I've been excited to show people JHipster and what it can do ever since I started using it in September 2014. I've been using its core frameworks (AngularJS, Bootstrap and Spring Boot) for a few years and believe they do a great job to simplify web development. Especially for Java developers.

When my JHipster talk was accepted for Devoxx Belgium, I told Trish we were headed back to Belgium. She smiled from ear-to-ear. Belgium is one of our favorite countries to visit. In an effort to live healthier prior to Devoxx, I stopped drinking beer a month beforehand. I mentioned this to friends the week prior.

One month ago, I stopped drinking beer. I hoped it'd help me with www.21-points.com and weight loss. Unfortunately, it did not.

I told myself I'd start drinking beer again when 1) The Bus was finished or 2) Trish and I arrived in Belgium for Devoxx. Looks like #2 will win (we land on Tuesday).

We arrived in Brussels late Tuesday morning and hopped aboard a train to Antwerp. After arriving, we were hungry so we stopped at Bier Central for lunch. The mussels and beer were splendid.

First beer in over a month, so good!

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Posted in Java at Nov 17 2015, 12:09:43 AM MST 2 Comments

Angular Summit 2015

I was in Boston this week, speaking and attending the very first Angular Summit. I had the privilege of delivering the opening keynote on Monday. I spoke about the Art of Angular and used a slide deck similar to last time. I did update the presentation to show the astronomical growth of AngularJS in terms of candidate skills (on LinkedIn) and job opportunities (on Dice.com)1.

LinkedIn Skills Growth for JavaScript MVC Frameworks Dice.com Job Growth for JavaScript MVC Frameworks

I mentioned the recently announced good news for Angular 2:

  • We're enabling mixing of Angular 1 and Angular 2 in the same application.
  • You can mix Angular 1 and Angular 2 components in the same view.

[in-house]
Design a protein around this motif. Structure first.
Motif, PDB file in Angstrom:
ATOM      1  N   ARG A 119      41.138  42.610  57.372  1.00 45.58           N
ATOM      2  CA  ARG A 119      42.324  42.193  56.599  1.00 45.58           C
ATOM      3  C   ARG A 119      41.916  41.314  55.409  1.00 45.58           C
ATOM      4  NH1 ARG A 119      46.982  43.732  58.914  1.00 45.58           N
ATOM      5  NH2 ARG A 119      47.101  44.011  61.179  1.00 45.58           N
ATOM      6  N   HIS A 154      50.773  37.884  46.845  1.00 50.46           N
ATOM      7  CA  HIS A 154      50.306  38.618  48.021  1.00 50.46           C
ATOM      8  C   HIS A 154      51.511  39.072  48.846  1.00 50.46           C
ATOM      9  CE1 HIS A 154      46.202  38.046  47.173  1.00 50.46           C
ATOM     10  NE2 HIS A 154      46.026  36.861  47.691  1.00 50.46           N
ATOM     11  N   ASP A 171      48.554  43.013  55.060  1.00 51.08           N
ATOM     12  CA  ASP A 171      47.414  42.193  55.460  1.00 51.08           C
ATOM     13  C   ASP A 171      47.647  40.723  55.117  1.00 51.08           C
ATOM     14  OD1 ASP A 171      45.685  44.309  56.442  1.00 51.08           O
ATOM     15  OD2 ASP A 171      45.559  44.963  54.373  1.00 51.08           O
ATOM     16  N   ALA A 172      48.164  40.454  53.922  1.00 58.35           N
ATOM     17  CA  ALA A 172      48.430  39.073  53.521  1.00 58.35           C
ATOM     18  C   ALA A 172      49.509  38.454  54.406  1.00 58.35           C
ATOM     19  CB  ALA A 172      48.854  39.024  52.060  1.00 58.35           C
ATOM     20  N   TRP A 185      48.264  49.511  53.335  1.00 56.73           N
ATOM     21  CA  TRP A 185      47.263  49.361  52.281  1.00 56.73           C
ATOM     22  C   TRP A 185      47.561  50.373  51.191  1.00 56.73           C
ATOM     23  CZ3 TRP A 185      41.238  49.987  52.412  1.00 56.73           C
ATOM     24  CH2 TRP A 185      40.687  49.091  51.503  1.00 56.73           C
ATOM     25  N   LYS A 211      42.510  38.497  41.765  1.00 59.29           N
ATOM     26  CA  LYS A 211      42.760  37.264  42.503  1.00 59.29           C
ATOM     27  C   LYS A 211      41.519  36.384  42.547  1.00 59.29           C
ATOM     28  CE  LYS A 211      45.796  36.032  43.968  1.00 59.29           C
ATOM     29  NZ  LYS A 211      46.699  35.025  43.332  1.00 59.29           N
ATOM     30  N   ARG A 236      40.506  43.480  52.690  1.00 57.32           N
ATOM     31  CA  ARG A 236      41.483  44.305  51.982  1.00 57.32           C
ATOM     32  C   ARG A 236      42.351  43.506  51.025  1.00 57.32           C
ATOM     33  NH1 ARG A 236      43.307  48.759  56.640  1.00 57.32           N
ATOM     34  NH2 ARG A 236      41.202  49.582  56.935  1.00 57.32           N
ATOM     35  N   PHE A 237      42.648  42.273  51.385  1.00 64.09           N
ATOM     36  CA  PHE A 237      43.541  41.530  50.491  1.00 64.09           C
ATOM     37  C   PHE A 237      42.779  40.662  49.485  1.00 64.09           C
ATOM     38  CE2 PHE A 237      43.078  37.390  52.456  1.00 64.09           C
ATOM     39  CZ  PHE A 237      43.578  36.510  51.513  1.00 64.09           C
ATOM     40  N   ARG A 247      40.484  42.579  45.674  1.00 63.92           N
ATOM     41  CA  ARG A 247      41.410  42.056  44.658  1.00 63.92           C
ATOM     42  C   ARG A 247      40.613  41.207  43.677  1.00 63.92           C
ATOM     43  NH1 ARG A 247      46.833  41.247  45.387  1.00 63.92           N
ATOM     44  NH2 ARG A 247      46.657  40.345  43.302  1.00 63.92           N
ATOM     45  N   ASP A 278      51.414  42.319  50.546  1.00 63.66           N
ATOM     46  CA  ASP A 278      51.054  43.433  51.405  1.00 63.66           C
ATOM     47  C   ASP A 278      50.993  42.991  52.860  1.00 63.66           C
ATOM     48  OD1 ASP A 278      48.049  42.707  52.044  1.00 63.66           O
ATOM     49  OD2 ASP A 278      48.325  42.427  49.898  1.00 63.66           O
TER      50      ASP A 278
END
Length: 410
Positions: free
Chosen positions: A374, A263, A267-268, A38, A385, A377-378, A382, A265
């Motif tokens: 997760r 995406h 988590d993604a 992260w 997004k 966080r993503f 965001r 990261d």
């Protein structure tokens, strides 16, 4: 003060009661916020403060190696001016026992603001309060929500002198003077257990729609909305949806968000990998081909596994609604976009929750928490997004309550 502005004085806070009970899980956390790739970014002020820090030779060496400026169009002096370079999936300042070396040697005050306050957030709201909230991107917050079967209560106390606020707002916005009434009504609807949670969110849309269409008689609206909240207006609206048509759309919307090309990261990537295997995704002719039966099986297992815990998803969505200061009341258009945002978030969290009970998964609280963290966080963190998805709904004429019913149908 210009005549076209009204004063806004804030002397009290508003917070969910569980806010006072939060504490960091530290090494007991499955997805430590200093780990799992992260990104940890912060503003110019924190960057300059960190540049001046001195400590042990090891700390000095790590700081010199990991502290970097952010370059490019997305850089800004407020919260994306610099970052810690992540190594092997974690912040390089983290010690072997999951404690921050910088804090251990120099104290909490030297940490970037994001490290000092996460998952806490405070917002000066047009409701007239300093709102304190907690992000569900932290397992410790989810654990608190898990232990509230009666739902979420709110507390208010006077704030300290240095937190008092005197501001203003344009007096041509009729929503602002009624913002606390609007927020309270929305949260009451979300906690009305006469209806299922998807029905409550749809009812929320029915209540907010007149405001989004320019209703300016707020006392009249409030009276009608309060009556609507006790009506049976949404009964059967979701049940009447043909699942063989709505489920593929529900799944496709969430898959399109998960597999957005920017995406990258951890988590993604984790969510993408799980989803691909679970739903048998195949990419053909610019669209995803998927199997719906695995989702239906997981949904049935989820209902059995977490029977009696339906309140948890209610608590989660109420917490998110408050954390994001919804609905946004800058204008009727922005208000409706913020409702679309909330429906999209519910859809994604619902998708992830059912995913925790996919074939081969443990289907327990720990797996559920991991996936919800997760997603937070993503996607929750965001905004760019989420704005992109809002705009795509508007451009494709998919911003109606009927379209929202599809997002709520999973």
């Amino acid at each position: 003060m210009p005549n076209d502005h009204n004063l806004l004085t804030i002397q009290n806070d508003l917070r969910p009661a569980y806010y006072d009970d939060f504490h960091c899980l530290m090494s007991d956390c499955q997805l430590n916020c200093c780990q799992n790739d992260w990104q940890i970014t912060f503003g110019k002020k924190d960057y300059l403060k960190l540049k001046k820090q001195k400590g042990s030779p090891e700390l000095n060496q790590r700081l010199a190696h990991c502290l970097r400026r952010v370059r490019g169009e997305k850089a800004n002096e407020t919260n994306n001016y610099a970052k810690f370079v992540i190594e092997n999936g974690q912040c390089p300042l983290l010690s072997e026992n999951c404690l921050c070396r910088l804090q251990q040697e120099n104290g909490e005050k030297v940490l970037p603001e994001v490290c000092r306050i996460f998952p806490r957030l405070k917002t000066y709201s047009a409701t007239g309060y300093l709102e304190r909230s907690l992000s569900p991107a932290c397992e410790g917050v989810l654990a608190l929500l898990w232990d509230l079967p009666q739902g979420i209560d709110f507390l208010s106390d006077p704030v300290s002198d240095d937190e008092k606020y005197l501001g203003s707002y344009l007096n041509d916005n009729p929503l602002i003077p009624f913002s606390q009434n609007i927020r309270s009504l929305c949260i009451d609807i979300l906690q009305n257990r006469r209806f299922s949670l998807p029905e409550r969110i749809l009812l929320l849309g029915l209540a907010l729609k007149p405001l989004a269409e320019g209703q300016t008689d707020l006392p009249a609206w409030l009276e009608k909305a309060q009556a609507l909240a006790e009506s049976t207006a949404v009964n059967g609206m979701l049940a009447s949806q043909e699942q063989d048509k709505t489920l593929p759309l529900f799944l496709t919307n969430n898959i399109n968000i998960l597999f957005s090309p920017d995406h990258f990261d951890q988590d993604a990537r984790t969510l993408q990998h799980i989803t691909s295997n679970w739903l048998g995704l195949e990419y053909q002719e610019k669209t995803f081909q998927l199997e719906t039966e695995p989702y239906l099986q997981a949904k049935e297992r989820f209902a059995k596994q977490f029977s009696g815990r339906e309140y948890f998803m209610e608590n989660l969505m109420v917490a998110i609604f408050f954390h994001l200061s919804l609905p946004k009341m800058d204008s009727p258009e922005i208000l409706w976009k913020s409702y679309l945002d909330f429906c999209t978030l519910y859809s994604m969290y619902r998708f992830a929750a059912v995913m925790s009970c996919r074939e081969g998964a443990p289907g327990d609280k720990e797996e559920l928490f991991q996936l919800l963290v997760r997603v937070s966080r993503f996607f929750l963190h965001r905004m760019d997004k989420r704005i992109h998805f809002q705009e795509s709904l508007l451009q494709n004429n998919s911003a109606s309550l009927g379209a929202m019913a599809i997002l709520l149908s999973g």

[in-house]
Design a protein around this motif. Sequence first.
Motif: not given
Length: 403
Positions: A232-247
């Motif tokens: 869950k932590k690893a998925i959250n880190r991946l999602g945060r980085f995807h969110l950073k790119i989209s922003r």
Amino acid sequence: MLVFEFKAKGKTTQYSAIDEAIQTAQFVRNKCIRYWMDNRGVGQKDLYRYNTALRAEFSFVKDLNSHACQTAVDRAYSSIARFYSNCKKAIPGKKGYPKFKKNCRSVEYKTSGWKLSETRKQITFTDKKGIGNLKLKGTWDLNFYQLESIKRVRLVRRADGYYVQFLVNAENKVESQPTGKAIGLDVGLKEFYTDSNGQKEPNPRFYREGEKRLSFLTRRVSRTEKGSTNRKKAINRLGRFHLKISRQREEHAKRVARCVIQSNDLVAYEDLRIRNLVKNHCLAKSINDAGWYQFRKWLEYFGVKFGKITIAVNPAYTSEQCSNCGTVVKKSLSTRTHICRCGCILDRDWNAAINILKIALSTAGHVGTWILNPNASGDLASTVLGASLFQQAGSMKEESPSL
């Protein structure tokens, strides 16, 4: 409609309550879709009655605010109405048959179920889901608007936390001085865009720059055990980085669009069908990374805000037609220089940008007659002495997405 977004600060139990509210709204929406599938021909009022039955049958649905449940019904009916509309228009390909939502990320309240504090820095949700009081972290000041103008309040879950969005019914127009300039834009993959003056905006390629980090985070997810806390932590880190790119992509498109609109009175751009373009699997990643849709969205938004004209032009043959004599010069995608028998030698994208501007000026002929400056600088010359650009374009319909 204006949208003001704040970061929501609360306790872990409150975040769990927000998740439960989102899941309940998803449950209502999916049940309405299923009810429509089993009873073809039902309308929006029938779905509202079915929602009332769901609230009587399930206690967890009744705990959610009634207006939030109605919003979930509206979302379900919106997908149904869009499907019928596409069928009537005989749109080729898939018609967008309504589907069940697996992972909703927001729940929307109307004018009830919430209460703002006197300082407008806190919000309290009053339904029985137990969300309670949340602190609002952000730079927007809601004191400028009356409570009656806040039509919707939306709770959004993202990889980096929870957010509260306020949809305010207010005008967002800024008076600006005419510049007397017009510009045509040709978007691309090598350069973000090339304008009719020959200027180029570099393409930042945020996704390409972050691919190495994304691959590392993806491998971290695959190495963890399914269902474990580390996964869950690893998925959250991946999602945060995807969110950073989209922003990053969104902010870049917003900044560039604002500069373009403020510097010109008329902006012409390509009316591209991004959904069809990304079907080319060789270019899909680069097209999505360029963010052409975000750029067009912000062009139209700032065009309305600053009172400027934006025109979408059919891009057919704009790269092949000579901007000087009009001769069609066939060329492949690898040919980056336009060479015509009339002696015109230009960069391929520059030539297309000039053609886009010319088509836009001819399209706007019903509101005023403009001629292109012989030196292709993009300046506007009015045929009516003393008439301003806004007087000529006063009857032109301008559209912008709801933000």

• Angular 1 and Angular 2 can inject services across frameworks.
  • Data binding works across frameworks.

In related news, Craig Doremus recently posted a state-geo-angular project that shows how you can develop an Angular 1.x application that will be easy to upgrade to Angular 2.x. Thanks Craig!

After my keynote, I attended Pratik Patel's session on High Performance JavaScript Web Apps. Pratik pointed out mobitest.akamai.com for testing an app's performance and seeing its blocking resources. He also mentioned speedgun.io (currently unavailable) for capturing performance numbers as part of a continuous integration process. Finally, he recommended Addy Somani's JavaScript Memory Management Masterclass.

My second presentation was about JHipster. Near the end of the presentation, I mentioned that I hope to finish the JHipster Book this month. Writing presentations for SpringOne 2GX and the Angular Summit occupied a lot of my free time in September. Now that it's October, I'll be dedicating my free time to finishing the book. In fact, I think I can finish the rough draft this week!

For the last session of the day, I attended John Lindquist's session on Angular 2 Components. John showed us how everything is a component in Angular 2. He also said "now is the time to learn ES6" and built an Angular 2 ToDo App using ES6 and a bit of TypeScript. You might recognize John's name; he's the founder of egghead.io, an excellent site for learning Angular with bite-sized videos.

Tuesday morning started with a Angular 2.0 keynote from Peter Pavlovich. I really enjoyed this session and received lots of good tips about getting ready for Angular 2. The tweet below from Ksenia Dmitrieva shows his advice.

My biggest takeaway was to start following John Papa's Angular Style Guide ASAP.

The first session I attended on Tuesday was Judd Flamm's Google Material Design & Angular. I'm using Material Design for Bootstrap on a side project, so I was interested in learning more about its inspiration. We learned that Google Design has everything you need to know about why Material Design exists. We also learned about Angular Material and spent most of the session looking at its components. Judd recommended Angular Material-Start for those looking to get started quickly with both frameworks. Judd was a very entertaining speaker; I highly recommend you attend one of his talks if you get the opportunity.